Jack Avani- we've now officially scraped barrel bottom. Little Jackie once bought a tugboat and now he thinks he's Captain Ahab. Well, it'll take more than peg-legs, birds, and eye-patches to learn that lesson that you'll be swashbuckling with the best of them. We will no longer weep over spilled milk or wet crayons, but, fascism notwithstanding, we will whittle a lie longer than your most walked meridian.
ALONG THE VANISHING COAST
It must have been around four when the man lurched awake, unsure which side of the slurry between sleeping and waking the explosion came from. Whether the night-tearing screaming from his dream culminated in such a violent impact that he awoke, or that the shaking of his house was preceded by some kind of missile that shred into his dreaming. Either way, by the time he reached the quarry at the back end of the property boundary, the sun had begun to disperse the thick oceanic fog that was characteristic of the late summer mornings. A fog which left the house without power before he had set out to find the cause of the still steaming, cannonball-sized hole in the side of the recliner and the blackened streak across the concrete floor, trying to keep Fang, his white shepherd from stepping on any of the broken glass strewn about the unlikely scene.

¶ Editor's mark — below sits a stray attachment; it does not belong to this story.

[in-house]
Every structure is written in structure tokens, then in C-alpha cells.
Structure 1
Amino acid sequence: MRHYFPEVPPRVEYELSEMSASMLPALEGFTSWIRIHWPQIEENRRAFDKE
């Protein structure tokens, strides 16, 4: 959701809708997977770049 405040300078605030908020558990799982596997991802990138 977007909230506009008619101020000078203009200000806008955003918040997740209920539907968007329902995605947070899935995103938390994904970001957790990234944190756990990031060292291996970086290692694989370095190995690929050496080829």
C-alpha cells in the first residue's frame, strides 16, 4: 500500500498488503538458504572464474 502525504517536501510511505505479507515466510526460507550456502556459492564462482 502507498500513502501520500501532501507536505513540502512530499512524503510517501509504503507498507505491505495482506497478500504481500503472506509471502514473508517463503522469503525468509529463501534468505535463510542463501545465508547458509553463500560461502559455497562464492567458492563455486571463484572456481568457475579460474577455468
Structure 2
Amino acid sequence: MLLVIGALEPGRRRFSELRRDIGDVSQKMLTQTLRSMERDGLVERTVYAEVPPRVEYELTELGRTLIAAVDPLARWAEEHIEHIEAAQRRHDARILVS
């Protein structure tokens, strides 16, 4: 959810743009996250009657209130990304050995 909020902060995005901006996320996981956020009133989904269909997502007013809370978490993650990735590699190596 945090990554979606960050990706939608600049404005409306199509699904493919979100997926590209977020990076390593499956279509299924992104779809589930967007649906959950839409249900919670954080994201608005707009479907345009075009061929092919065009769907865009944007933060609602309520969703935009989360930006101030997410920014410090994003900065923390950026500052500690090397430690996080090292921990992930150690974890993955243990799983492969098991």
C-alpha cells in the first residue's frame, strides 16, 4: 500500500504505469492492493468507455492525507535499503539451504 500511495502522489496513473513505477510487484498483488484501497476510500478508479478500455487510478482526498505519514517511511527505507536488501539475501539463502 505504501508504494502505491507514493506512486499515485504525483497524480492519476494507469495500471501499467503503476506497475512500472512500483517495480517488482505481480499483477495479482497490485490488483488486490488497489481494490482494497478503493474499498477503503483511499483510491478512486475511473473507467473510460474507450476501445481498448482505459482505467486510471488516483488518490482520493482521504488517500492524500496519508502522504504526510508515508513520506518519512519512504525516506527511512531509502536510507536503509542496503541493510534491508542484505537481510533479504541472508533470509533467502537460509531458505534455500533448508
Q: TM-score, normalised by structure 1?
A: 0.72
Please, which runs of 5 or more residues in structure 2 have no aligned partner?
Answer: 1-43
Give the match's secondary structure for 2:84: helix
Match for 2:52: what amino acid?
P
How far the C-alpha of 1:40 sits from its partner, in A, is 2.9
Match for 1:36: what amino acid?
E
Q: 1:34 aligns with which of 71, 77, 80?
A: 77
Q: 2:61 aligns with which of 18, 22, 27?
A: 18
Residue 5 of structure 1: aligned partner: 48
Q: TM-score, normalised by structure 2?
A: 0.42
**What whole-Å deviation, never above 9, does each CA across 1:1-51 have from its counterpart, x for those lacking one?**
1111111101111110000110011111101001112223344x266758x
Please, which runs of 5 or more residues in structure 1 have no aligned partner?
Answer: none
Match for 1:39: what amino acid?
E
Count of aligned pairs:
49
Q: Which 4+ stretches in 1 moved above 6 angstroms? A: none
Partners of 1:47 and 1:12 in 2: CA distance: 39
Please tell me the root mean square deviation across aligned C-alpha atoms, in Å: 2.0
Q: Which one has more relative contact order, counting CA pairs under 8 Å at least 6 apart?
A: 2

After grabbing some bread and what strips of pork he still had refrigerated, and heating up day-old coffee on the stove, the man grabbed his bow and arrow, his coat, and walked outside into the cold, wet air, Fang in tow. They crossed the grass lawn which gave way to gravel in a jagged border of unlandscaped right angles, heading for the garage. The man decided to take the land cruiser out to the quarry—propelled by too eager a curiosity to walk. It took twenty or so minutes of rounding up the various containers, the last remnants of gasoline strewn about the garage. He tried not to think of the potential consequences of using up the last of the fuel. The 1962 Toyota Land Cruiser was typically reserved to ferry the man between the property’s mulched dirt roads and the chevy parked on the side of the highway a few miles west of the house. A necessary go-between to surrounding towns when he needed supplies.